Called to be Pastors

Susan was a student at The Southern Baptist Theological Seminary in the late 1970s, preparing to be an associate pastor or minister of education. However, she began to have doubts. She made an appointment with one of her professors and told him that her sense of calling was changing. He asked, “Well, what do you think it is?” She said, “I think that God is calling me to preach.” He responded, “Well, why does that bother you? What are you afraid of?” Susan replied, “Because I’ve never seen anybody do that before.” Then she said, “He grabbed my hands and got right in my face and said, ‘Wouldn’t you rather be a part of something new and exciting than a part of something that has always been?’” And Susan remembers, “And everything inside of me went–‘Yes!’” (131)

Elaine grew up in churches in which her farther served as pastor. She developed leadership and speaking skills in the youth group. She preached her first sermon when a senior in high school, but she did not understand it to be a sermon. When she heard a woman preach for the first time Elaine thought it was “weird,” but at the end of the preaching series she was “totally hooked and thought it was really cool.”

Still unsure of her own future, Elaine entered seminary thinking that she would write curriculum or do some kind of educational work. But during the first day of orientation at a worship service, her plans changed. She said, “I felt very clear at that point that I was there to learn how to be a pastor, and that was the thing that surfaced. . . . . I started seeing everything through pastoral eyes, and it was great. In the meantime, Elaine’s father was part of the fundamentalist group that opposed women pastors. When she told him of her decision to be a pastor, he said, “Well, you know how this makes me look. I can’t have this happening in my own house.” She remembers, “It was pretty much a terrible moment in my family.” When she was later ordained, her parents came to the service, but her father refused to bless her. (132-133)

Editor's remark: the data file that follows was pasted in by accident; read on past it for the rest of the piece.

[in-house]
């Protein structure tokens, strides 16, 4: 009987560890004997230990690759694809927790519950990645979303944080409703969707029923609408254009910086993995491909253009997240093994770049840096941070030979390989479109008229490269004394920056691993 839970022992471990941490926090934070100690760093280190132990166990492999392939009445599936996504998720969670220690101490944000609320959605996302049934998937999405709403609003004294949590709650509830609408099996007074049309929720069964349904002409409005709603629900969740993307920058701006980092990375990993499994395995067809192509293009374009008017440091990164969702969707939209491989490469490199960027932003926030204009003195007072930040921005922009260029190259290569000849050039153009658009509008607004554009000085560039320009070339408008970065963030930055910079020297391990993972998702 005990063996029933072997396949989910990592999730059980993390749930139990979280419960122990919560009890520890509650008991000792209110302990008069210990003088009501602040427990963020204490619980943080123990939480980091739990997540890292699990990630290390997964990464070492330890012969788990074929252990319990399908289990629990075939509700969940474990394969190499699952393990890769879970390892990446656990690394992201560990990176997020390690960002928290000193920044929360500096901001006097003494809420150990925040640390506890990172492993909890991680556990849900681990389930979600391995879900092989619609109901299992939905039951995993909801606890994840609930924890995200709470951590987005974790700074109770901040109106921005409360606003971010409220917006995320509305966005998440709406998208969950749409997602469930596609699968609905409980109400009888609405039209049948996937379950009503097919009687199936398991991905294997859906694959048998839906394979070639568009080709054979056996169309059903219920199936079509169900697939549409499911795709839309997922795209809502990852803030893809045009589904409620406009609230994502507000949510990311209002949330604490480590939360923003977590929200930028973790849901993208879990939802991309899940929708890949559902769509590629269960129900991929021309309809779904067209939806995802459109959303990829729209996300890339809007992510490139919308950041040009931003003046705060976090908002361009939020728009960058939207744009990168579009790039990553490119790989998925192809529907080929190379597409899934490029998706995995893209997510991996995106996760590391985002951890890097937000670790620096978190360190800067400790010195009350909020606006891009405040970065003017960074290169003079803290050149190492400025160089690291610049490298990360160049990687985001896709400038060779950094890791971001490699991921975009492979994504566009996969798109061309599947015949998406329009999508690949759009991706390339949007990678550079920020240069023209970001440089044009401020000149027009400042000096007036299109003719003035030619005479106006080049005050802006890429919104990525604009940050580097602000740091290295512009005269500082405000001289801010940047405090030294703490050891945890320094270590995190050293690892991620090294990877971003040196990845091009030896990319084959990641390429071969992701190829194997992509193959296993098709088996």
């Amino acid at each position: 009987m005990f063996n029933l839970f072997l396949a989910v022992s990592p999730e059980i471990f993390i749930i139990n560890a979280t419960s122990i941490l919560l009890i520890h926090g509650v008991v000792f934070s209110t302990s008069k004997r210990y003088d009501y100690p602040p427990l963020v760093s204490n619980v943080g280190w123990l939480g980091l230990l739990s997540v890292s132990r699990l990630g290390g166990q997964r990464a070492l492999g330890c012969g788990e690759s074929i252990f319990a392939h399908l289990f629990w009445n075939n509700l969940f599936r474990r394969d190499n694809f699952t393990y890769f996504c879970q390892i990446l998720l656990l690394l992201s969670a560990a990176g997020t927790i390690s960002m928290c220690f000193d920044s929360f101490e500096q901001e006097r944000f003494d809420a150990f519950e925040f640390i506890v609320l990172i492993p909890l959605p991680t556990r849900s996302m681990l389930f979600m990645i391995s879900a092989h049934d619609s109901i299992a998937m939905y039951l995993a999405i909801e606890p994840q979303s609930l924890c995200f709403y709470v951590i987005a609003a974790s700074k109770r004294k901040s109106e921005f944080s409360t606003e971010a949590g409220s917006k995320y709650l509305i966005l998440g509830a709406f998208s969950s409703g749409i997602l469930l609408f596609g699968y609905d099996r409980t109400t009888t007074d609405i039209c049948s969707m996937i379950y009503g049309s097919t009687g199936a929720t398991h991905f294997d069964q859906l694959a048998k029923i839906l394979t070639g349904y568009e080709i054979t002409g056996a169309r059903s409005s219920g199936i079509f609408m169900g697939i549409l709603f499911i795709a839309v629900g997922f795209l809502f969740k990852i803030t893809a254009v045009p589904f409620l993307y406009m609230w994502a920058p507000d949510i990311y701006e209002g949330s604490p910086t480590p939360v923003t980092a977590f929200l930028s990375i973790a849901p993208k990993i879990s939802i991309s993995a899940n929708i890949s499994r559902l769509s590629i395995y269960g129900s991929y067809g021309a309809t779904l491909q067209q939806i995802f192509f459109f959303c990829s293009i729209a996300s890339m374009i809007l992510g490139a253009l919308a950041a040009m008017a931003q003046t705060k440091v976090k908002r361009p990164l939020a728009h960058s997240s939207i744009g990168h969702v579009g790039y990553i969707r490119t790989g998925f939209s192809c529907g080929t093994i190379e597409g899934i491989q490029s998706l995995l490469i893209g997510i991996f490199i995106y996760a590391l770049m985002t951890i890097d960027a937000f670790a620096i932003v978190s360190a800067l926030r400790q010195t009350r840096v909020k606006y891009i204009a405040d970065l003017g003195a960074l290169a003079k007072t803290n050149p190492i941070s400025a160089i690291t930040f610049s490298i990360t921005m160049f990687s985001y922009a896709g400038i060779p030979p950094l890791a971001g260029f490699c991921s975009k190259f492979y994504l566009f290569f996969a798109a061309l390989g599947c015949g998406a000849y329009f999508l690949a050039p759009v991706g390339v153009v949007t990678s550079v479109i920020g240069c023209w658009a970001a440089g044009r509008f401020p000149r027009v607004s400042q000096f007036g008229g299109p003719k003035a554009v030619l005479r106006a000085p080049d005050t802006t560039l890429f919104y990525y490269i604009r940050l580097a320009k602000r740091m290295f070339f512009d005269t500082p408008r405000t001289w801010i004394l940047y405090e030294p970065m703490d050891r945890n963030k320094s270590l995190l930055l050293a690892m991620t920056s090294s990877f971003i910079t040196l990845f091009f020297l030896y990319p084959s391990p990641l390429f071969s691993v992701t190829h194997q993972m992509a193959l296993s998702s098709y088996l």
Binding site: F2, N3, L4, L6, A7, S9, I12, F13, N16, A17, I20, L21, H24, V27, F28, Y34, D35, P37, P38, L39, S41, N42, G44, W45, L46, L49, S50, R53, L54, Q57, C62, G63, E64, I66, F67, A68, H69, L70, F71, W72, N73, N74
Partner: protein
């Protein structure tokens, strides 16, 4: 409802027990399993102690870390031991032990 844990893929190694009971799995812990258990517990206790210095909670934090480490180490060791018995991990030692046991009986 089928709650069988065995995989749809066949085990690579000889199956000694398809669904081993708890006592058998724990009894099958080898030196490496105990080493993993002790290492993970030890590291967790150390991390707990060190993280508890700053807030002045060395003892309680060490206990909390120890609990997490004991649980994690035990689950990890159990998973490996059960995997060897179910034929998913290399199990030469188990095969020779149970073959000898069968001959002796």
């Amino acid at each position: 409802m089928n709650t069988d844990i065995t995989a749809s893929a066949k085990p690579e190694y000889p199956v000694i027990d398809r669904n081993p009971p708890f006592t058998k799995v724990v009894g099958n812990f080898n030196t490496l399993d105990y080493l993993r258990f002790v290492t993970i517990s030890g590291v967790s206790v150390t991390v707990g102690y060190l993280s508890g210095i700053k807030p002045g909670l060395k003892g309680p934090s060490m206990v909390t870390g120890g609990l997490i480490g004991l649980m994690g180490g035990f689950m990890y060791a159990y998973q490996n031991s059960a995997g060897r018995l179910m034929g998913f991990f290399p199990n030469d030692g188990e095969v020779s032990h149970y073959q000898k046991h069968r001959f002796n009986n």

Southern Baptist piety and feminist theology coalesce in the lives of these pastors. They are grateful for the spiritual and cultural formation of the churches of their youth, but they have added to their primary culture a new spiritual and ethical understanding of Christianity informed by feminism and feminist theology. They do not believe in a God who would condemn women, regardless of abilities and situation in life, to secondary status.

My book introduces their stories but also explores Southern resistance to evangelicalism, the gendered and racial dynamics in the formation of the Southern Baptist Convention, and the post World War II changes wrought by the civil rights movement, the women’s movement, and the women’s ordination movements. My book also documents the ways in which Baptist women employed feminist theory and theology to counter the backlash and Southern Baptist controversy of the 1980s and relates these women pastors’ narratives of call, ordination, and ministry.

Judith Bledsoe Bailey is author of Strength for the Journey, which may be ordered from her website. Judy will be signing books on June 17 during the annual Baptist Women in Ministry lunch in Dallas, Texas.